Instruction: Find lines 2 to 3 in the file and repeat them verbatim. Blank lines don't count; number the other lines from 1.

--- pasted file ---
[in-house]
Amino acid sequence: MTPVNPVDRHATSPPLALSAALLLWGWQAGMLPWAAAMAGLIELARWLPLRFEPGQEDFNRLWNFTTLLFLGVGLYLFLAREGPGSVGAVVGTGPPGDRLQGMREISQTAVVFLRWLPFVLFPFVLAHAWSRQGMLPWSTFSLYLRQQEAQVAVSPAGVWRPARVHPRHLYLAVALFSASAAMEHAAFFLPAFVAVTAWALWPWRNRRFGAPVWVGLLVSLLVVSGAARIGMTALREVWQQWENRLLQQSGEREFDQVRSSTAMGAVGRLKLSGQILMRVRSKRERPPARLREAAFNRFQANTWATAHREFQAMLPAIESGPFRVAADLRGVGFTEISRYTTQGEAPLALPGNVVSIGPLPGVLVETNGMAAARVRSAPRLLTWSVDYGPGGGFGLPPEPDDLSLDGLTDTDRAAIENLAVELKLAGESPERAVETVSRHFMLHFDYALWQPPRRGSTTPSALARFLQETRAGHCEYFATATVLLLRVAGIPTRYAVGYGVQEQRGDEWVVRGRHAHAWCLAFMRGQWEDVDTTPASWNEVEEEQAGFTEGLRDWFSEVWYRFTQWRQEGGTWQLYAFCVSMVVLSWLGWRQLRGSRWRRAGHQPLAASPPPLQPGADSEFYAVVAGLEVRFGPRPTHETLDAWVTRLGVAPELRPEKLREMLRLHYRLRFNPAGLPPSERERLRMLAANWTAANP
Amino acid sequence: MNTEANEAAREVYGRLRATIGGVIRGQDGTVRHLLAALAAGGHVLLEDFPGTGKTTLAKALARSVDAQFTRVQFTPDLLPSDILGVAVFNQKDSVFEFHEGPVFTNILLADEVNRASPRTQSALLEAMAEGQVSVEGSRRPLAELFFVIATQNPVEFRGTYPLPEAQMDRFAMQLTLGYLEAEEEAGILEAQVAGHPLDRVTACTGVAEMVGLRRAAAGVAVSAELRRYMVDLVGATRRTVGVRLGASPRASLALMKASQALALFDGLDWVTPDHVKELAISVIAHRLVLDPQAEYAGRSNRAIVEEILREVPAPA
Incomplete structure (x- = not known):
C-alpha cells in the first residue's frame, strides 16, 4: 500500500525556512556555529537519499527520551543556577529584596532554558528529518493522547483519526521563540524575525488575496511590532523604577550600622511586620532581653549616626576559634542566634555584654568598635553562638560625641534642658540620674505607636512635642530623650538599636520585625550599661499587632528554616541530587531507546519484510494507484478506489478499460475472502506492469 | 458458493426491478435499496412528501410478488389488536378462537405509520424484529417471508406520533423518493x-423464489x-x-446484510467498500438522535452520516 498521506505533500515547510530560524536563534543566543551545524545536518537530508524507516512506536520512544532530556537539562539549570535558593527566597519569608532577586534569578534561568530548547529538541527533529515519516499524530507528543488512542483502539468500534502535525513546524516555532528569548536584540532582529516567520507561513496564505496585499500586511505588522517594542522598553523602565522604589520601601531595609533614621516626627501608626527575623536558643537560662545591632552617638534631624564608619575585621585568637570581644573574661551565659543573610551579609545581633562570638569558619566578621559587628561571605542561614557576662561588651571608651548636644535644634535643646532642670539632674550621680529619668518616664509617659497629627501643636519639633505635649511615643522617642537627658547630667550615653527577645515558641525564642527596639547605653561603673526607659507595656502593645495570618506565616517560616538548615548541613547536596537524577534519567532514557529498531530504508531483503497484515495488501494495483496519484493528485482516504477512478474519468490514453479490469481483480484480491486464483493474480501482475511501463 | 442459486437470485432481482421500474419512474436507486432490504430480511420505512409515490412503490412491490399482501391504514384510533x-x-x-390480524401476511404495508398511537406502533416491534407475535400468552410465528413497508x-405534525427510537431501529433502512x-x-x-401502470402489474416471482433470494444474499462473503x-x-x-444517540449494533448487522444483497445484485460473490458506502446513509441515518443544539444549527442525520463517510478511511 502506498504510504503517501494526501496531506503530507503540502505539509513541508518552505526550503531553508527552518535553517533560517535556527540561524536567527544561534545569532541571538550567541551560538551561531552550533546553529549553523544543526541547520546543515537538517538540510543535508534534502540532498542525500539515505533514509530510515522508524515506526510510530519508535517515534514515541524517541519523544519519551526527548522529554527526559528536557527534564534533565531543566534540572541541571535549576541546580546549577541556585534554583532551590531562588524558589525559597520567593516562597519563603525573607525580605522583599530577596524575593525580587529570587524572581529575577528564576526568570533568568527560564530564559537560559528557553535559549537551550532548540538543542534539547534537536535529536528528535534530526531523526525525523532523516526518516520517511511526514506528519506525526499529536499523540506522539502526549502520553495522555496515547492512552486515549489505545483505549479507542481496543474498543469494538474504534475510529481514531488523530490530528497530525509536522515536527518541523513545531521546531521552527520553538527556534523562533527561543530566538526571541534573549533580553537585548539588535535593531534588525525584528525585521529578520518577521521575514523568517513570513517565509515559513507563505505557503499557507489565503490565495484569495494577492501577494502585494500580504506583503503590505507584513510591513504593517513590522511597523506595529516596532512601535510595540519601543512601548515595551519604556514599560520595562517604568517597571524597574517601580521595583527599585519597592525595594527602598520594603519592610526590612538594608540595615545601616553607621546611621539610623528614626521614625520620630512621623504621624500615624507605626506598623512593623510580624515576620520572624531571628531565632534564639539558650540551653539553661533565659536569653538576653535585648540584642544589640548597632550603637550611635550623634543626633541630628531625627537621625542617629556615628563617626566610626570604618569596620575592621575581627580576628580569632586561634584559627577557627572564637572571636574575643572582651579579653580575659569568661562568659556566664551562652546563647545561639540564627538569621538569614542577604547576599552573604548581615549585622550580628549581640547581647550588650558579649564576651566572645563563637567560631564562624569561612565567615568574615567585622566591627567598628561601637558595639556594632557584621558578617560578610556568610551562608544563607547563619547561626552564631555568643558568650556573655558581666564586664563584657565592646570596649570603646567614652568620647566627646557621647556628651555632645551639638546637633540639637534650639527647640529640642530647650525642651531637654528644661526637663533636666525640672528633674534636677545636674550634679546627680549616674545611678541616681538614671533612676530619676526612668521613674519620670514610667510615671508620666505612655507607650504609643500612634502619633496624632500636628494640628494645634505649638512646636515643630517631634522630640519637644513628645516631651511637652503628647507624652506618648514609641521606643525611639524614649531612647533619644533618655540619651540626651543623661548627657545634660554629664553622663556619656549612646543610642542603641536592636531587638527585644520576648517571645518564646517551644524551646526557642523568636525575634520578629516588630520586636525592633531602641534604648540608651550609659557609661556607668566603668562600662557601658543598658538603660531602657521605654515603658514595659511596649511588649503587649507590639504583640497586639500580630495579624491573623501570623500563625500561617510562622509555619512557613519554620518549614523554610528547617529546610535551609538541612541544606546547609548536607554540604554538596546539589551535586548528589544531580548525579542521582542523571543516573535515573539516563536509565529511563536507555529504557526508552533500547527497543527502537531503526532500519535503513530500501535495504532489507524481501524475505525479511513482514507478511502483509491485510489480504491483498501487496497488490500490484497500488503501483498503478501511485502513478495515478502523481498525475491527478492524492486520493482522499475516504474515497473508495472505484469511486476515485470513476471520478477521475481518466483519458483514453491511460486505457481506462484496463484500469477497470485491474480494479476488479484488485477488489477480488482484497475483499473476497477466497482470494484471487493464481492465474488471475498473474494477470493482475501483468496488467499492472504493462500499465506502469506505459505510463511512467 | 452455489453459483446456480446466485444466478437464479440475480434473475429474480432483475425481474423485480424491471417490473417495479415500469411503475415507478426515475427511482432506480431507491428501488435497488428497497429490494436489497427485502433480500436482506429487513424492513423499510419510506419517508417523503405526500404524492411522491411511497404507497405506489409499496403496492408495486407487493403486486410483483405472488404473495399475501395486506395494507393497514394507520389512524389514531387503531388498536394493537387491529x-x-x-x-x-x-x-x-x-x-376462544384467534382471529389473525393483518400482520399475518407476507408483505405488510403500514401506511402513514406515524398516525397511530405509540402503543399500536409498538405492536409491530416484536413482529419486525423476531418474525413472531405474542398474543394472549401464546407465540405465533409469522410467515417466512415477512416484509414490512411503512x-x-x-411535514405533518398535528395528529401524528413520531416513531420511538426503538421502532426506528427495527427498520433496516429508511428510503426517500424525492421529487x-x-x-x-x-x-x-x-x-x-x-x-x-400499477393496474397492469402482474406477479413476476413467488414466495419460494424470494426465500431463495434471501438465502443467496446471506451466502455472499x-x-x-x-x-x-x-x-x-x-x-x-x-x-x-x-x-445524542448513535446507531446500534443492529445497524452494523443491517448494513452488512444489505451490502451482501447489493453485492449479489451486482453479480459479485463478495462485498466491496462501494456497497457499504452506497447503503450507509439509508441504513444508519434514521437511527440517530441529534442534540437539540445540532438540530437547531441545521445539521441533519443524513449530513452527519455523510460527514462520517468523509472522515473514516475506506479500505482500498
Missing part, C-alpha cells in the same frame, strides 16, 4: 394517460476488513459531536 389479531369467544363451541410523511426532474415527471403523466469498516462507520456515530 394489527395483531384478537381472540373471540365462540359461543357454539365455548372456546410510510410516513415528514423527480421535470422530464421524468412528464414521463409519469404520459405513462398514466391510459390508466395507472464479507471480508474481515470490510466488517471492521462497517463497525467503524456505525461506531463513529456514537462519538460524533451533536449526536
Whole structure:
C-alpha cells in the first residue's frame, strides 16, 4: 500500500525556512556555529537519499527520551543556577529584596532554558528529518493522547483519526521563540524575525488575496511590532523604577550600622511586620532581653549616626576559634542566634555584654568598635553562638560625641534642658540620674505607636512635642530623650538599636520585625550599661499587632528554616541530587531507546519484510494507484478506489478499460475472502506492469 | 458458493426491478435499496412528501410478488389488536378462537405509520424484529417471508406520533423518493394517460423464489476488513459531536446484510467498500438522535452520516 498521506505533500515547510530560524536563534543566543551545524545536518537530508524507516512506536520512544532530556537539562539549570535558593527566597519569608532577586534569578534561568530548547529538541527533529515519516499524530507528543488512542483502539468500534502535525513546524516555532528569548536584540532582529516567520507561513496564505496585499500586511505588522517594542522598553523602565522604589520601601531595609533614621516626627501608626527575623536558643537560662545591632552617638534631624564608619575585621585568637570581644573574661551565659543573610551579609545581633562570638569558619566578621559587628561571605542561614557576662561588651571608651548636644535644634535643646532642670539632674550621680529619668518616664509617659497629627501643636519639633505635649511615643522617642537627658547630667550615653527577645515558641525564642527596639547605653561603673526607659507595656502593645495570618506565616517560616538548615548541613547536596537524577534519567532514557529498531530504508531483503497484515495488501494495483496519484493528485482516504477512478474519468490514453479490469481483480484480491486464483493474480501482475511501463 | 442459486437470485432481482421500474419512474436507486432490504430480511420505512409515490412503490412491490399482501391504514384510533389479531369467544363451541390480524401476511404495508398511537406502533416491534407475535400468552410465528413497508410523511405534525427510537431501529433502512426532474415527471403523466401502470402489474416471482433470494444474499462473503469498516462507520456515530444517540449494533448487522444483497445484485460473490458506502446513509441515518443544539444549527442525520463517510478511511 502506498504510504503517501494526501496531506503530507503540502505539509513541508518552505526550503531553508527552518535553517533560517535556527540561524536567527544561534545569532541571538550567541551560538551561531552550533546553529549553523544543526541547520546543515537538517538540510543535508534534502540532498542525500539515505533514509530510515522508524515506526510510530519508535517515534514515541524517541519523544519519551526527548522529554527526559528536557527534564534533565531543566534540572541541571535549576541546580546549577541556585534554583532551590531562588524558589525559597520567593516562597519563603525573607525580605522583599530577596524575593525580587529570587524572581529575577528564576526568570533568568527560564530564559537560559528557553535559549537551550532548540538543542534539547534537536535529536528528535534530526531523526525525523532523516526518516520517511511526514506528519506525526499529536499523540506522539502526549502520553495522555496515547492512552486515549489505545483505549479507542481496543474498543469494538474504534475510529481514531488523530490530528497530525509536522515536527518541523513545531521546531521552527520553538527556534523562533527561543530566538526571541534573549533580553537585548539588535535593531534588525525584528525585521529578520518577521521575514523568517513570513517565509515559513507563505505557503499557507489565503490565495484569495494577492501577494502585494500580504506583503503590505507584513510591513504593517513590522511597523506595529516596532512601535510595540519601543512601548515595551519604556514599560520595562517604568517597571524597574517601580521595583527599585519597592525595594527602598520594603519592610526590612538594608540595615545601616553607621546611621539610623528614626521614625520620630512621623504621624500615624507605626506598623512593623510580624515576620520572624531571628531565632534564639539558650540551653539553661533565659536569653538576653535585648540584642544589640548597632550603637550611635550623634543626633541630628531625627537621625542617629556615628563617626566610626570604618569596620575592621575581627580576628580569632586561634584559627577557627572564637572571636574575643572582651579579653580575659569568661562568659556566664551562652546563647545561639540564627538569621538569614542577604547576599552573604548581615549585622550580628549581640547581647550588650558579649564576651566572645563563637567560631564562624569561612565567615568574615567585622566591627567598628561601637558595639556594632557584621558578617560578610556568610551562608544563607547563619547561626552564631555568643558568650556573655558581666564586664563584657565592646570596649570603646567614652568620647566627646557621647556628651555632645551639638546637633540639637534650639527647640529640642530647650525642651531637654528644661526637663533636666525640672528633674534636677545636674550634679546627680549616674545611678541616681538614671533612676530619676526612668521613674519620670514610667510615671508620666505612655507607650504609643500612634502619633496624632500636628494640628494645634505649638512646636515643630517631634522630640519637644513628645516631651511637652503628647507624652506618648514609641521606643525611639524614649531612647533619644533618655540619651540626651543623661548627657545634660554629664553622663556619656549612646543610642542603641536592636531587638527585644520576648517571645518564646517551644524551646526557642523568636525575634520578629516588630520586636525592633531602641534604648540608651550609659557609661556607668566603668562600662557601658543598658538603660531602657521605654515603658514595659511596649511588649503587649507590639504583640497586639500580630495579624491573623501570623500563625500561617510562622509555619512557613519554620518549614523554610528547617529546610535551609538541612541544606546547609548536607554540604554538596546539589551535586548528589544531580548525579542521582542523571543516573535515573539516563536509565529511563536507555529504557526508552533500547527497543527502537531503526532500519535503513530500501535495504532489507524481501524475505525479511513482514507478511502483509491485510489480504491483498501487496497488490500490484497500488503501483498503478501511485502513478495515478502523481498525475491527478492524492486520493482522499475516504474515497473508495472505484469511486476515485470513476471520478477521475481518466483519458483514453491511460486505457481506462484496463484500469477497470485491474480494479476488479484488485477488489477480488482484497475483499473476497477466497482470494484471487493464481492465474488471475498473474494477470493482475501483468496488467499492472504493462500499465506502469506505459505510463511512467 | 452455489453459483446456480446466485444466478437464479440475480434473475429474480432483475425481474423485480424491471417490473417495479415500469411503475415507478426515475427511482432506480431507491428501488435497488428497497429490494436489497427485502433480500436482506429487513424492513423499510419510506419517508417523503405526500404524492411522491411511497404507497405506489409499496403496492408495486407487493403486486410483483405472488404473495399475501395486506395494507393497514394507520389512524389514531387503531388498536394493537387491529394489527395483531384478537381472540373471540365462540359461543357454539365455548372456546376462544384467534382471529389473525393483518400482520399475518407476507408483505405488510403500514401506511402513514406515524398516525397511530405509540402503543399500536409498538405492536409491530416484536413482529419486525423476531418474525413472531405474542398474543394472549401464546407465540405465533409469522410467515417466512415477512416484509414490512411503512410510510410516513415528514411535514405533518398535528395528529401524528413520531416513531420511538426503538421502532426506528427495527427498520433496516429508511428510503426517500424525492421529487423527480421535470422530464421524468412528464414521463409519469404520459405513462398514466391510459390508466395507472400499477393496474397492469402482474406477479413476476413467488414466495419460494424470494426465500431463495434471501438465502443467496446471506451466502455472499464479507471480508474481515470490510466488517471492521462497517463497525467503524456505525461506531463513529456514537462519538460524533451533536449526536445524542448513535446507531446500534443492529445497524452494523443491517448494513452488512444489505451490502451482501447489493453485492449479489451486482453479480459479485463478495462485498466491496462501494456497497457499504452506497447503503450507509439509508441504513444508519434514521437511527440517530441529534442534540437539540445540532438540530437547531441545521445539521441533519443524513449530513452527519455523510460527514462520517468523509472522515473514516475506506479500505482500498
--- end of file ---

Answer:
Amino acid sequence: MTPVNPVDRHATSPPLALSAALLLWGWQAGMLPWAAAMAGLIELARWLPLRFEPGQEDFNRLWNFTTLLFLGVGLYLFLAREGPGSVGAVVGTGPPGDRLQGMREISQTAVVFLRWLPFVLFPFVLAHAWSRQGMLPWSTFSLYLRQQEAQVAVSPAGVWRPARVHPRHLYLAVALFSASAAMEHAAFFLPAFVAVTAWALWPWRNRRFGAPVWVGLLVSLLVVSGAARIGMTALREVWQQWENRLLQQSGEREFDQVRSSTAMGAVGRLKLSGQILMRVRSKRERPPARLREAAFNRFQANTWATAHREFQAMLPAIESGPFRVAADLRGVGFTEISRYTTQGEAPLALPGNVVSIGPLPGVLVETNGMAAARVRSAPRLLTWSVDYGPGGGFGLPPEPDDLSLDGLTDTDRAAIENLAVELKLAGESPERAVETVSRHFMLHFDYALWQPPRRGSTTPSALARFLQETRAGHCEYFATATVLLLRVAGIPTRYAVGYGVQEQRGDEWVVRGRHAHAWCLAFMRGQWEDVDTTPASWNEVEEEQAGFTEGLRDWFSEVWYRFTQWRQEGGTWQLYAFCVSMVVLSWLGWRQLRGSRWRRAGHQPLAASPPPLQPGADSEFYAVVAGLEVRFGPRPTHETLDAWVTRLGVAPELRPEKLREMLRLHYRLRFNPAGLPPSERERLRMLAANWTAANP
Amino acid sequence: MNTEANEAAREVYGRLRATIGGVIRGQDGTVRHLLAALAAGGHVLLEDFPGTGKTTLAKALARSVDAQFTRVQFTPDLLPSDILGVAVFNQKDSVFEFHEGPVFTNILLADEVNRASPRTQSALLEAMAEGQVSVEGSRRPLAELFFVIATQNPVEFRGTYPLPEAQMDRFAMQLTLGYLEAEEEAGILEAQVAGHPLDRVTACTGVAEMVGLRRAAAGVAVSAELRRYMVDLVGATRRTVGVRLGASPRASLALMKASQALALFDGLDWVTPDHVKELAISVIAHRLVLDPQAEYAGRSNRAIVEEILREVPAPA